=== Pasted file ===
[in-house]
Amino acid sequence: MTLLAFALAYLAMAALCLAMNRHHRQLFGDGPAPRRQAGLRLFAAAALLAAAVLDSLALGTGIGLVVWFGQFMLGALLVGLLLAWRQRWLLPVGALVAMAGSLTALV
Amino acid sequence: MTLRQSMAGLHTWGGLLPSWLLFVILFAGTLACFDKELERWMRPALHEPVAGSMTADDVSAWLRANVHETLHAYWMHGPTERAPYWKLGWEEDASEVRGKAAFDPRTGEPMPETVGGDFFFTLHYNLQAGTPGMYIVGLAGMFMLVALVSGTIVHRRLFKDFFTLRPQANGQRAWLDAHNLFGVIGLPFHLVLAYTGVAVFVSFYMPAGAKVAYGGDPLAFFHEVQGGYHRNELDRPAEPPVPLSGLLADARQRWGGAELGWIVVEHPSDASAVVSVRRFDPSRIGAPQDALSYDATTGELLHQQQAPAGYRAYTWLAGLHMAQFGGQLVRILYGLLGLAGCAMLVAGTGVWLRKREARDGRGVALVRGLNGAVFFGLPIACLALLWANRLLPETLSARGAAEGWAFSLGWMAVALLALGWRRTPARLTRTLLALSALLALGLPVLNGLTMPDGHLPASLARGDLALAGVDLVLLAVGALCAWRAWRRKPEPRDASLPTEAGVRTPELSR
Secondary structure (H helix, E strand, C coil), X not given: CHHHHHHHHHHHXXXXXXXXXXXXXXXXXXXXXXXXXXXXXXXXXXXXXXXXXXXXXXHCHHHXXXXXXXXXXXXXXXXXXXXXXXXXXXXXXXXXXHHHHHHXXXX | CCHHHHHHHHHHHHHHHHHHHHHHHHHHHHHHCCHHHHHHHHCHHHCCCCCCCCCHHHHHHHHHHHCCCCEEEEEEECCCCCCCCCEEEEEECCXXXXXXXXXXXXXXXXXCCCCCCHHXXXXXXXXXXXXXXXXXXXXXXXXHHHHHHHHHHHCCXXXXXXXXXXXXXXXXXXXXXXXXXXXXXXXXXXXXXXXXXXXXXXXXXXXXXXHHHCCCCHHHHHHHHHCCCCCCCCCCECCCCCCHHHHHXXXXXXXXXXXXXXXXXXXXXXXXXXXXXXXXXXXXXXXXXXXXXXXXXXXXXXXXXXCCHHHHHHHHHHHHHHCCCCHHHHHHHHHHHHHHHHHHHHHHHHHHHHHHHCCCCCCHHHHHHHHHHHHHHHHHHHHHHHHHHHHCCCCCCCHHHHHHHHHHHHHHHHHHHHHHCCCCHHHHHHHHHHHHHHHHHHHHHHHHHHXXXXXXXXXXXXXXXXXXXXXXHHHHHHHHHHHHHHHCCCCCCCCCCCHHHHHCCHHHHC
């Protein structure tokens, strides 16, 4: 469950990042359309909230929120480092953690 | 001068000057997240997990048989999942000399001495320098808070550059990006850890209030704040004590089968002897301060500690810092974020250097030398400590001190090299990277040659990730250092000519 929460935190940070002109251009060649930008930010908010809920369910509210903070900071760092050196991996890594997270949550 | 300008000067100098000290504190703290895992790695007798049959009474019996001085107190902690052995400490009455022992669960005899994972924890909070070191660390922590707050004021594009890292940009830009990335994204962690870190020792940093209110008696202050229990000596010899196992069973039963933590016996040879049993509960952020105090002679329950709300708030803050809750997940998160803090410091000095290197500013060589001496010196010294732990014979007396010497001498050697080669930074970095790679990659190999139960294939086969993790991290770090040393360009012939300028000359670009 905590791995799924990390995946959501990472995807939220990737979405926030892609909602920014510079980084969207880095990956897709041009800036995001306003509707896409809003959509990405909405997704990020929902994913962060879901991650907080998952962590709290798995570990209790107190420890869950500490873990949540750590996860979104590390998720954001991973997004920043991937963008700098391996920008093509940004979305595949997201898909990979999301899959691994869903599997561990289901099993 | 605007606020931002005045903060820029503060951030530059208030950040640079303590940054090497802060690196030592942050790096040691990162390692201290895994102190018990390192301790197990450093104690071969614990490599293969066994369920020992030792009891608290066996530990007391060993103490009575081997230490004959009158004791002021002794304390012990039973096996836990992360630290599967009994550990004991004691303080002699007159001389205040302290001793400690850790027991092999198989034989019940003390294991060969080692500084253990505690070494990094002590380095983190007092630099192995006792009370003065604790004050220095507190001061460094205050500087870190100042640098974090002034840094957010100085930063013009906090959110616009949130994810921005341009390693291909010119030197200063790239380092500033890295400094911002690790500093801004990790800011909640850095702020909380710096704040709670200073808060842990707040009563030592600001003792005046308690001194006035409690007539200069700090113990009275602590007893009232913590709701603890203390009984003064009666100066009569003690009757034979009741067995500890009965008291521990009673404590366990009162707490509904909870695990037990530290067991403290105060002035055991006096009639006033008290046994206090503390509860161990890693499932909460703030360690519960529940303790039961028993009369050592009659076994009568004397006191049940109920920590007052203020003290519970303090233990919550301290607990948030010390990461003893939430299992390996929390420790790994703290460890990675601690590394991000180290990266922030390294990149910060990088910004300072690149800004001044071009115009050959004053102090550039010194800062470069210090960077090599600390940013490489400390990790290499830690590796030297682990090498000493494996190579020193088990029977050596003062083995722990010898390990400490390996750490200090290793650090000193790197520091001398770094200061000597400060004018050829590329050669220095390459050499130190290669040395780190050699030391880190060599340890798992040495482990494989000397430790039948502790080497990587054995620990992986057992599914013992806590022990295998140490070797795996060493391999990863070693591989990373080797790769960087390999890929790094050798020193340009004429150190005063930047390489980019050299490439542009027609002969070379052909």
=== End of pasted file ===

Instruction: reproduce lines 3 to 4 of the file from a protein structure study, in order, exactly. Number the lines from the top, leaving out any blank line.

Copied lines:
Amino acid sequence: MTLRQSMAGLHTWGGLLPSWLLFVILFAGTLACFDKELERWMRPALHEPVAGSMTADDVSAWLRANVHETLHAYWMHGPTERAPYWKLGWEEDASEVRGKAAFDPRTGEPMPETVGGDFFFTLHYNLQAGTPGMYIVGLAGMFMLVALVSGTIVHRRLFKDFFTLRPQANGQRAWLDAHNLFGVIGLPFHLVLAYTGVAVFVSFYMPAGAKVAYGGDPLAFFHEVQGGYHRNELDRPAEPPVPLSGLLADARQRWGGAELGWIVVEHPSDASAVVSVRRFDPSRIGAPQDALSYDATTGELLHQQQAPAGYRAYTWLAGLHMAQFGGQLVRILYGLLGLAGCAMLVAGTGVWLRKREARDGRGVALVRGLNGAVFFGLPIACLALLWANRLLPETLSARGAAEGWAFSLGWMAVALLALGWRRTPARLTRTLLALSALLALGLPVLNGLTMPDGHLPASLARGDLALAGVDLVLLAVGALCAWRAWRRKPEPRDASLPTEAGVRTPELSR
Secondary structure (H helix, E strand, C coil), X not given: CHHHHHHHHHHHXXXXXXXXXXXXXXXXXXXXXXXXXXXXXXXXXXXXXXXXXXXXXXHCHHHXXXXXXXXXXXXXXXXXXXXXXXXXXXXXXXXXXHHHHHHXXXX | CCHHHHHHHHHHHHHHHHHHHHHHHHHHHHHHCCHHHHHHHHCHHHCCCCCCCCCHHHHHHHHHHHCCCCEEEEEEECCCCCCCCCEEEEEECCXXXXXXXXXXXXXXXXXCCCCCCHHXXXXXXXXXXXXXXXXXXXXXXXXHHHHHHHHHHHCCXXXXXXXXXXXXXXXXXXXXXXXXXXXXXXXXXXXXXXXXXXXXXXXXXXXXXXHHHCCCCHHHHHHHHHCCCCCCCCCCECCCCCCHHHHHXXXXXXXXXXXXXXXXXXXXXXXXXXXXXXXXXXXXXXXXXXXXXXXXXXXXXXXXXXCCHHHHHHHHHHHHHHCCCCHHHHHHHHHHHHHHHHHHHHHHHHHHHHHHHCCCCCCHHHHHHHHHHHHHHHHHHHHHHHHHHHHCCCCCCCHHHHHHHHHHHHHHHHHHHHHHCCCCHHHHHHHHHHHHHHHHHHHHHHHHHHXXXXXXXXXXXXXXXXXXXXXXHHHHHHHHHHHHHHHCCCCCCCCCCCHHHHHCCHHHHC